people living with pain cope with depression. I've read the pain
can cause a change in body chemistry. What comes first, the chicken
or the egg? Physical or emotional pain? What pattern of treatment
seems to be most effective?
-Patricia, Virginia Beach, VA
is estimated that more than half of all patients with chronic pain
also have clinical depression. On the chemical level, these ailments
are closely inter-related, and they might even be seen as two sides
of the same coin.
There is a lot
of research these days looking at the "HPA axis," a group
of glands that helps our bodies react to physical stress and external
danger. Stress causes these glands to pump out hormones such as
cortisol (steroid hormone) and adrenaline (fight-or-flight hormone).
When stress becomes chronic, as it does in the physical stress of
chronic pain, the constant flow of these hormones causes depletion
of the brain's reserves of two important chemicals, serotonin and
norepinephrine. Low levels of these brain chemicals can cause depression.
Additionally, the low levels of serotonin and norepinephrine that
are found in depression change the way the brain senses pain. Normally,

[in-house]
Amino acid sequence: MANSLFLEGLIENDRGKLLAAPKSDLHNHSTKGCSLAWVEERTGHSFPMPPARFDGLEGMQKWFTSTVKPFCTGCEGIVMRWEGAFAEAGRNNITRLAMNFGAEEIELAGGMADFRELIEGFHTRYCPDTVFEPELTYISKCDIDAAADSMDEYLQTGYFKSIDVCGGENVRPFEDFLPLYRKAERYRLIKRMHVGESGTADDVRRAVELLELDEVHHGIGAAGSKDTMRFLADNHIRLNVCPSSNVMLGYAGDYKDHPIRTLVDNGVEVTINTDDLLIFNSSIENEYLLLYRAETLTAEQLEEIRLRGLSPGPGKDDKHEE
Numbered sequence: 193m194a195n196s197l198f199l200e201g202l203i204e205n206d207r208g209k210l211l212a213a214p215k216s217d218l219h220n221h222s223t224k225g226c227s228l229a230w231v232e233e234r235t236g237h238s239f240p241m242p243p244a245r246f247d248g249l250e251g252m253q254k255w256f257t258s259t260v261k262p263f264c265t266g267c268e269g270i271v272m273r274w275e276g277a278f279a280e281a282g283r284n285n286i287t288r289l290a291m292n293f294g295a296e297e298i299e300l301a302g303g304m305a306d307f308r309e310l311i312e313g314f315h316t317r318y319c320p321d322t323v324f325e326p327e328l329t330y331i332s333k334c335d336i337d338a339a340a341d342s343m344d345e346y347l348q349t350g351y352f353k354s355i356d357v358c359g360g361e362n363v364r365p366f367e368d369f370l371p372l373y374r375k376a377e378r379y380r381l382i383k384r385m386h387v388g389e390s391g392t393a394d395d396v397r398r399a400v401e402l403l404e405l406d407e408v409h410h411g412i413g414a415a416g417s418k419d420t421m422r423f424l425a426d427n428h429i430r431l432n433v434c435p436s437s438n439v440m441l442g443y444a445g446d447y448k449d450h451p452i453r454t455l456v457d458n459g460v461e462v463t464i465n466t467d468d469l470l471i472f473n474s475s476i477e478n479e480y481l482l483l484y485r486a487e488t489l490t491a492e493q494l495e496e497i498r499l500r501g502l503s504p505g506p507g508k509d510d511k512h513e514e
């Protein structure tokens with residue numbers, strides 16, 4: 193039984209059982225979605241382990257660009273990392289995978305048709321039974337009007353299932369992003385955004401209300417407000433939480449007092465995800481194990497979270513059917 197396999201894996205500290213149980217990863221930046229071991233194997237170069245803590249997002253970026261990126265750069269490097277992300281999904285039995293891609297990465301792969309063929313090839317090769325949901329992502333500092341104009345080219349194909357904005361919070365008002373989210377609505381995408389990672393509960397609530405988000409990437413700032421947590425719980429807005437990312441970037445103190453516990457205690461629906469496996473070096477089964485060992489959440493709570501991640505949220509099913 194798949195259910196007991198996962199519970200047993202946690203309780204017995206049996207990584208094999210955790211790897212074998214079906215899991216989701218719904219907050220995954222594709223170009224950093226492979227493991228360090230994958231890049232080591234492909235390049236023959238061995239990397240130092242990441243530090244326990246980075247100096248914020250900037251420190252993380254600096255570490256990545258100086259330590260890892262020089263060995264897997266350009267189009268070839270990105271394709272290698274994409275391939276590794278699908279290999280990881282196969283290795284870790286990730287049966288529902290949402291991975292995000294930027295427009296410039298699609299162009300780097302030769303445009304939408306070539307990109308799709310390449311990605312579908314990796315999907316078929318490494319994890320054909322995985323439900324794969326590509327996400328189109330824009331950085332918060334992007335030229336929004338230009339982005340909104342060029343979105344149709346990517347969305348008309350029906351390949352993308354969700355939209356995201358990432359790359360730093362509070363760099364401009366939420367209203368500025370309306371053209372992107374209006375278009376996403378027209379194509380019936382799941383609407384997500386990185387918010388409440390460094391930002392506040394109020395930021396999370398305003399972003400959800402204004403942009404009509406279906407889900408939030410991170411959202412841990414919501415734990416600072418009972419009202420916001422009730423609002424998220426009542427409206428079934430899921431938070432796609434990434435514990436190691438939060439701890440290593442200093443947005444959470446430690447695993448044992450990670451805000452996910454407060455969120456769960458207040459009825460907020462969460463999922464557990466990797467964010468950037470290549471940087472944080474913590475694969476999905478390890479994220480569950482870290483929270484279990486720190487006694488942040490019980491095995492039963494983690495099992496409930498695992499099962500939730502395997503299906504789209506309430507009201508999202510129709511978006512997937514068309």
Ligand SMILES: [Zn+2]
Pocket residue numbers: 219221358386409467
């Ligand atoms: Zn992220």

these brain chemicals decrease the intensity of pain. When they
are in short supply, the brain might interpret mild pain as being
severe, and could even sense pain that has no external cause!
So chronic pain can cause depression, and depression can increase
the intensity of pain. The HPA axis glands seem to be a link in
this vicious cycle of events. Dysfunction of these glands may be
a factor in fibromyalgia, an illness causing abnormal pain sensation
and emotional distress.
Understanding that depression and pain are linked can help you cope
with both. Strategies to reduce stress, proper sleep habits, and
serotonin-boosting medications should help.
Chai, MD, MS, is an Internal Medicine Specialist with additional
training in the area of medical research methods. Her experiences
as a patient helped to redirect her priorities to home life and